Among the sectors most likely to see losses, the most prominent are business and ICT (Information and Communication Technology) services. With the removal of barriers to service trade between the EU and US, Irish exporters in these areas are expected to face much stiffer competition, resulting in significant economic contractions. While companies in these fields should certainly brace themselves, most of the economy should expect to see only mild changes in profits and wages, with a few industries seeing strong gains. One of the largest examples of the latter is Ireland’s chemical industry. Already taking up nearly 80% of Irish exports to the United States, the sector is expected to grow by as much as 2.7% if trade barriers are lowered as expected. Exports of electric machinery, too, will benefit significantly from TTIP’s impact, and are anticipated to increase by 2.3%.

The biggest unknown factor in all of this is the fate of Ireland’s substantial agri-food sector. U.S. agricultural regulations and food standards are somewhat less restrictive of industrial practices, resulting in its agri-food sector being significantly more productive (and, many argue, less safe) than that of Ireland and Europe at large. In particular, the United States’ attitudes towards GMOs and the treatment of livestock are seen as making its farms more competitive and potentially less safe than those of the Europe, resulting canada pharmacy program in its agri-food exports meeting stiff regulation and outright bans in the EU. These restrictions have somewhat insulated Europe’s agri-food industry from the global market. This protection, combined with scientific controversy about the need for said regulations, has led some in the U.S. to argue that they serve to guard the livelihoods of Europe’s farmers as much as its consumers’ health. As promethazine codeine canada pharmacy such, the United States has made the removal of certain phytosanitary measures one of its main trade priorities. Public sentiments on this side of the Atlantic are strongly against any changes, however, and EU policy reflects this. Since the inception of negotiations, EU officials have repeatedly defined reductions on agri-food regulations as a non-starter, and with opposition to TTIP mounting, it seems increasingly unlikely that Europe’s leaders would tempt fate in such an unpopular manner.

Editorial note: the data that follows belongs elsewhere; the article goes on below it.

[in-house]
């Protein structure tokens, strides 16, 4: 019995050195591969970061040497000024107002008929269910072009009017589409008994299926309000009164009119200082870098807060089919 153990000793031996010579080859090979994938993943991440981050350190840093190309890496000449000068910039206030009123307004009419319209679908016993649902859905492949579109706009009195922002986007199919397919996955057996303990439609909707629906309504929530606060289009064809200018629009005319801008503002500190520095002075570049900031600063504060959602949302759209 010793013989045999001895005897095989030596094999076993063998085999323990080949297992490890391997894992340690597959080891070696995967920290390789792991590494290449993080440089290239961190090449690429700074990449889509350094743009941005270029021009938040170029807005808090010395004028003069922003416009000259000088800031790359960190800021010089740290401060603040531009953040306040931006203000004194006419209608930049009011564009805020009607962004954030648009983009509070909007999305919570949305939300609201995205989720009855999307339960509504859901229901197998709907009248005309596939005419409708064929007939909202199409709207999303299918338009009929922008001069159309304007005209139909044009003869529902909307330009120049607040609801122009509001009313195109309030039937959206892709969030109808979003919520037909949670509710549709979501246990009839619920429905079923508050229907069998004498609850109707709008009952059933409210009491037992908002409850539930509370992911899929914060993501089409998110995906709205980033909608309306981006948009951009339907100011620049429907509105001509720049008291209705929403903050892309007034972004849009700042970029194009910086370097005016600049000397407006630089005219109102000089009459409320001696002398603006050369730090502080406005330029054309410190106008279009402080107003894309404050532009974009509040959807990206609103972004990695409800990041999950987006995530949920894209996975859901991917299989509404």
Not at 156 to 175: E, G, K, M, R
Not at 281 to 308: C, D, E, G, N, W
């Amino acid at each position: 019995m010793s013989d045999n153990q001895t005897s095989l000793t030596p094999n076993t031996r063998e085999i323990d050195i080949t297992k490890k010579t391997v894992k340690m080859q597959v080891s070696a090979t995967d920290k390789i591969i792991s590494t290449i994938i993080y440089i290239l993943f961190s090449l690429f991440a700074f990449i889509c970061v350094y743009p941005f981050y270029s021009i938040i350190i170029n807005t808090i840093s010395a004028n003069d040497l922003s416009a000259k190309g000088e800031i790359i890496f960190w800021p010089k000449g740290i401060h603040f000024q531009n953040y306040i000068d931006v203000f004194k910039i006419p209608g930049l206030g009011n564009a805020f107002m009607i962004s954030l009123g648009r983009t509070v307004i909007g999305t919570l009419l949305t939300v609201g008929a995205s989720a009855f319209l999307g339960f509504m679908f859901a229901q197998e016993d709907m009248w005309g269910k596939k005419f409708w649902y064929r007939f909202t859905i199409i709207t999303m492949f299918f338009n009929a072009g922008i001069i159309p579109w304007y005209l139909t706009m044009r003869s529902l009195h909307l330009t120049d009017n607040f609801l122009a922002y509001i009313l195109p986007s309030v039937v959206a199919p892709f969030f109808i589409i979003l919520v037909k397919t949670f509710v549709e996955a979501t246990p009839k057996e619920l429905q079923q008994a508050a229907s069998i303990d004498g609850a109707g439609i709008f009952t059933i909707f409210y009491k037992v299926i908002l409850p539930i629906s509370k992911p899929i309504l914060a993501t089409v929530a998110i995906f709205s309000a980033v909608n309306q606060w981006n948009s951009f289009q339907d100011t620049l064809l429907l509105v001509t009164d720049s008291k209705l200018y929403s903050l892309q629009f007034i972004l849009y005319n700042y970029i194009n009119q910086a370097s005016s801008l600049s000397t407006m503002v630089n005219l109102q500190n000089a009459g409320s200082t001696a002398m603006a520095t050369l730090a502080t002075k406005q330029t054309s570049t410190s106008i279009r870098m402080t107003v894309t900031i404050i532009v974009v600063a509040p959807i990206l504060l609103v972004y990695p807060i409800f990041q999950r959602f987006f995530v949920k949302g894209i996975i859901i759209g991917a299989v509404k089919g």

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SMEs

Among the various parts of Ireland’s economy, SMEs are expected to see some of the largest relative gains. Firstly, while current trade barriers are (outside certain service/agricultural sectors) low enough for large corporations to profitably navigate, they can entirely stop companies with smaller profit margins from exporting. Indeed, SMEs may be as much as 50 times more sensitive to non-tariff barriers than their larger competitors. Reductions in these trade barriers, then, are expected to have an outsized effect on SMEs, giving many firms access to the previously unattainable option of exporting their goods and services.

The deal is not entirely good news for SMEs, of course. A freer market means more competition, and Ireland’s business-friendly environment is projected to draw even larger flows of foreign direct investment (FDI) than are already occurring. This could mean a small drop in employment by Irish-owned SMEs in certain industries, and a rise in employment by foreign multi-nationals. This is expected to increase overall employment.

This sums up our overview of TTIP’s impact on Ireland and its SMEs. Be sure to read Part 2, covering TTIP’s impact on the United States, and keep an eye on our Twitter and Facebook pages for more insights into the world of global trade.

Sources:

SMEs and the Transatlantic Trade and Investment Partnership – European Commission

TTIP Impact in Ireland– Copenhagen Economics

What Does Ireland Export to the United States? – Observatory of Economic Complexity

Ryan O’Regan

International Trade Associate